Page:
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  • U.S. Presidential Elections: Private vs. Public Airport Security
  • Affirmative Action: Fisher v. The University of Texas


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  • Interesting Expert of the Week, Romney Oven Mitt Edition


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U.S. Presidential Elections: Private vs. Public Airport Security
Alan (Avi) Kirschenbaum
Technion Israel Institute of Technology
"The upcoming presidential elections in the United States have put into stark contrast two opposing points of view of how airport security should be organized, maintained and operated. On one hand, President Obama supports the current status, in which the responsibility for the security of the airports in the U.S. is governed by a federal entity, and he is proposing to raise aviation taxes to fund the Transportation Security Administration (TSA). On the other hand, Republican candidate Mitt Romney calls for cutting the TSA workforce by at least 10 percent, as well as privatizing airport screening. But, as they are both couched in terms of ideology, we are faced with an empirical issue that has never been systematically tested; namely, which perspective can produce results that will match what the visionaries of the future airport are looking for. As ideological perspectives, they both suffer from a number of deficiencies that can be simply called 'selective facts.'"
Professor Kirschenbaum is a world-renowned expert in the field of disaster management, as well as a popular lecturer, author, and advisor to governments, public institutions and security-related companies. He is the initiator and coordinator of The BEMOSA (Behaviour Modelling for Security in Airports) consortium, a Europe-wide research project aimed at improving security in airports. He is also a member of the Advisory Council for Aviation Research and Innovation in Europe (ACARE) Workgroup for Safety and Security.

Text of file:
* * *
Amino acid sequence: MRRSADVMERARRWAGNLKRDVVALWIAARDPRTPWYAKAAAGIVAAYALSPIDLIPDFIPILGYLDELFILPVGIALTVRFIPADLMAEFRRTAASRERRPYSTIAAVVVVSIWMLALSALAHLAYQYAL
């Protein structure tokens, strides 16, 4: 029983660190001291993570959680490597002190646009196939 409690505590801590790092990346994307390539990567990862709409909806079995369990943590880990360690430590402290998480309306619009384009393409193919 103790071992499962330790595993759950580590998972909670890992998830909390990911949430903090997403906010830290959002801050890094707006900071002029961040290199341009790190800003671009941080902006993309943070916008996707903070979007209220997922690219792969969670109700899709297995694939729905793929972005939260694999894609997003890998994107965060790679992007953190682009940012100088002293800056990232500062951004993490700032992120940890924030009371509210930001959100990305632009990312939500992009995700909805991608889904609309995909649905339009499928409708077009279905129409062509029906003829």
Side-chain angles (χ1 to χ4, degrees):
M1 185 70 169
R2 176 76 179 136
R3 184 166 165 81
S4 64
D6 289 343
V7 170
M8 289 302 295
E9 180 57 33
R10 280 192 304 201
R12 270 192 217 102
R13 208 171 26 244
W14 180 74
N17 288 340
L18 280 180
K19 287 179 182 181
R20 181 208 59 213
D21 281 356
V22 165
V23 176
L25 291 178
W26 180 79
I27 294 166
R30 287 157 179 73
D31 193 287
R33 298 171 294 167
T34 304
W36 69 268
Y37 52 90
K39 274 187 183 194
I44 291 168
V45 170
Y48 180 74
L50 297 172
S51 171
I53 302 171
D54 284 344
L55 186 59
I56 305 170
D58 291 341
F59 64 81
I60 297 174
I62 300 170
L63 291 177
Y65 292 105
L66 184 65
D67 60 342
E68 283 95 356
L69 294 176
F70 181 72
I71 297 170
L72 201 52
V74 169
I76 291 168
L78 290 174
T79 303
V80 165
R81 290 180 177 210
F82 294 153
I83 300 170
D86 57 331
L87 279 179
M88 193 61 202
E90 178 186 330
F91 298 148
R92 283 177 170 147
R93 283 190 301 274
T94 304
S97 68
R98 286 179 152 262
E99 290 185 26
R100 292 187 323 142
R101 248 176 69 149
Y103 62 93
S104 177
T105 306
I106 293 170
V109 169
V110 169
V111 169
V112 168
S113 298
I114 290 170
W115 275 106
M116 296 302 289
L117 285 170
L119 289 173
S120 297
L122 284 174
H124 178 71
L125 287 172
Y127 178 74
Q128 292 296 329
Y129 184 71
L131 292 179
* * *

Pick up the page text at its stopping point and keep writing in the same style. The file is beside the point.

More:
Expert Contact:

Affirmative Action: Fisher v. The University of Texas
Kevin D. Brown
Richard S. Melvin Professor of Law
Indiana University Maurer School of Law
Race, education and law expert Kevin D. Brown is available to comment on the Supreme Court case Fisher v. The University of Texas (oral arguments scheduled for Oct. 10). According to Brown, Justice Anthony Kennedy's vote will be the deciding factor in the case, with potentially devastating results for affirmative action: "If Justice Kennedy continues to follow his reasoning from the previous Grutter v. Bollinger decision, he might uphold the use of race as a decision factor at the University of Texas. The result of Kennedy's reasoning is that race can count in admissions decisions – it just can't count as much. Ironically, that could leave minority applicants much worse off than now. If admissions officials at selective higher-education programs are told that race cannot count for as much in the future as it does now, the only way that admissions official can operationalize this requirement is to substantially reduce the percentage of underrepresented minorities that they admit."
Contact: Brianne O'Donnell,


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  • LETTING SOURCES DECIDE WHICH QUOTES YOU USE: Tony Rogers of About Journalism explores the issue of whether journalists should let sources decide which of their quotes can be used in a news story:
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/PRNewswire -- Oct. 10, 2012/